Many students are criticizing a recent University of Connecticut Dining Services decision to substitute traditional hamburgers with blended mushroom burgers in all dining units.
“You get your hopes up grabbing the burger, but when you bite into it you are completely let down by the taste and texture of mushroom,” said Cameron Tracy, a second-semester mechanical engineering major.
Nigel Bilsby started a Change.org petition Tuesday night to “bring back the original beef burger to UConn.” It has received more than 250 signatures since then.
“It’s a great goal to have healthier, sustainable food, and I fully support that mission,” Tracy said. “The problem was that we had no notice of the change, and the change was making it a replacement instead of an alternative.”
Tracy is referring to Dining Services’ decision to begin serving the half-beef, half-Portobello mushroom patties at the beginning of the spring semester without notifying students.
C. Dennis Pierce, director of Dining Services, said the burgers were introduced as part of a larger goal to make UConn’s menus healthier and more sustainable.
“We want to change to a more plant-based diet. That doesn’t mean everyone is going to eat vegetarian, it just means that meat itself is going to be a lesser item,” Pierce said. “(We’re) looking at our menus and tweaking them and changing them so they have more healthy options.”
The blended burger is touted as a more sustainable option, as it takes 1,800 times less water to raise a pound of mushrooms as a pound of beef.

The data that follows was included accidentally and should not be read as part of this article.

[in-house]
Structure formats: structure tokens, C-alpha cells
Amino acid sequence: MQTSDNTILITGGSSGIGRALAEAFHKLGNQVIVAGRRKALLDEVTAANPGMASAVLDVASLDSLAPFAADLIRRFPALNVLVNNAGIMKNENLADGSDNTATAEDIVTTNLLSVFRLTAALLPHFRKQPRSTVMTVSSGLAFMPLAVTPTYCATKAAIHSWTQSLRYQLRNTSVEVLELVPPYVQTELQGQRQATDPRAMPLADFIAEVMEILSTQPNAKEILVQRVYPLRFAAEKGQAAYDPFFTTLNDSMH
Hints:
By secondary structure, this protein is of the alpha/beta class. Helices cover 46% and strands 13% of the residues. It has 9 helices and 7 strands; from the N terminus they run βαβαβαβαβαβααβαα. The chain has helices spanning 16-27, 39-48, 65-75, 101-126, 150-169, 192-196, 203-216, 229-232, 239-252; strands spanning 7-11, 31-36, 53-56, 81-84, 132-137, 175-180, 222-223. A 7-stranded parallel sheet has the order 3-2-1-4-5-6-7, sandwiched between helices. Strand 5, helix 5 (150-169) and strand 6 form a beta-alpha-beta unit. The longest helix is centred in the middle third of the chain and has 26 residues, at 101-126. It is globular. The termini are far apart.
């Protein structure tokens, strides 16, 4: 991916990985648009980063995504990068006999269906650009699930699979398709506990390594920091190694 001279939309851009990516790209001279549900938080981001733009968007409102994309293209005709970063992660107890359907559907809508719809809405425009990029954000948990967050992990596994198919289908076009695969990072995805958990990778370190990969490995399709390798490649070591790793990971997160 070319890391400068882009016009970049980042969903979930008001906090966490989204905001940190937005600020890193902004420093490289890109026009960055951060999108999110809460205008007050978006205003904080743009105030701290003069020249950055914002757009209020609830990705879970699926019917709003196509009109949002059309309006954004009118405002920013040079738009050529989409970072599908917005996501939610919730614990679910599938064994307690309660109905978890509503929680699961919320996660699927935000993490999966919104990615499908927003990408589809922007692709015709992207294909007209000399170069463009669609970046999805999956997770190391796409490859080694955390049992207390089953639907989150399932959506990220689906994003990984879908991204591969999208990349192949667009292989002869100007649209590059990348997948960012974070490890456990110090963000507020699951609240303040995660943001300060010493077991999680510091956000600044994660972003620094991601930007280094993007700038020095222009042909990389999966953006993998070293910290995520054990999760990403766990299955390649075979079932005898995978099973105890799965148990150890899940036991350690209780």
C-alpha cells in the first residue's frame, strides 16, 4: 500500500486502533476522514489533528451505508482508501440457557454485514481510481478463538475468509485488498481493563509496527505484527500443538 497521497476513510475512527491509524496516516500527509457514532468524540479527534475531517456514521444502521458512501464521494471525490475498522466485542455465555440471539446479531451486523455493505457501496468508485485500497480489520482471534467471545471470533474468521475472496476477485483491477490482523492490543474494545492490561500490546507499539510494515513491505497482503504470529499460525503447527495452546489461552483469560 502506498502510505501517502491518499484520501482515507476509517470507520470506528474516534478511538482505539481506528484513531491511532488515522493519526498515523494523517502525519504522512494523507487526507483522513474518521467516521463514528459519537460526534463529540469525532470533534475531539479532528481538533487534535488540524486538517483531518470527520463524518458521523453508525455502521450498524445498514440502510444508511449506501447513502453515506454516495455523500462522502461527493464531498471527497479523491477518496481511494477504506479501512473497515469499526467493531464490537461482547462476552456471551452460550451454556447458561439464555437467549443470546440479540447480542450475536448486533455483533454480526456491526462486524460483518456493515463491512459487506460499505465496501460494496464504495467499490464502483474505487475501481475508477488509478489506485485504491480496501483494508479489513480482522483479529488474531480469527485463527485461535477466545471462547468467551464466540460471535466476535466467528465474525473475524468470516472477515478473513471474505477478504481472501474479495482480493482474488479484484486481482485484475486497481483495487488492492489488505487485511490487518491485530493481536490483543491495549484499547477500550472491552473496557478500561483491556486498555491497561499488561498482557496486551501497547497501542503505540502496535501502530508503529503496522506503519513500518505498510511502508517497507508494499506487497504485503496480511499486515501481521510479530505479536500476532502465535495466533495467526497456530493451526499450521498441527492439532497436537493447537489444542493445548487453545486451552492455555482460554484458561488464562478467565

But while the new burger has half the fat, calories and carbohydrates, many students are not satisfied with the final product.
“It was a half-step away from mush,” said Jason Ciabattoni, a second-semester finance major. “It’s bad.”
Kristjan Maandi, a fourth-semester mechanical engineering major, was less critical of the new menu option than Ciabattoni.
“It was better than expected,” Maandi said. “(But) it tasted weird. I’d rather have a beef burger.”
Olivia Grossman, a second-semester business major, said that while she understands the rationale behind the change, it did not make a marked change to her diet.
“I know it’s healthier and better for the environment, but I don’t eat burgers that much, anyway,” Grossman said.
Maandi said that a better option might be to offer a combination of blended and regular burgers.
“Maybe just a couple days a week, having the regular burger as an option would be good,” Maandi said.
Dining Services is defending the change, saying it is a direct response to student-survey results showing a desire for healthier food options.
“We worked with a couple student groups to taste it and get their opinions and, not surprisingly, it got a very good response,” Pierce said.
But Pierce said concerns about the consistency of the burgers were valid, because some were being “overcooked.”
Dining Services decided to make the switch after hearing a presentation by the Menus of Change University Research Collaborative, an organization dedicated to moving American consumers, especially college students, towards healthier, more sustainable diets, Pierce said.
Despite the pushback, offering traditional burgers again would work against Dining Services’ goals, Pierce said.
“If we made it as an option, we’re not having the impact on the environment that we want to have (and) we’re not having the impact on students’ health we want to have,” Pierce said. “Any time you change something on a menu it can be kind of risky, but when you think about what we’re doing and why we’re doing it does validate (the change).”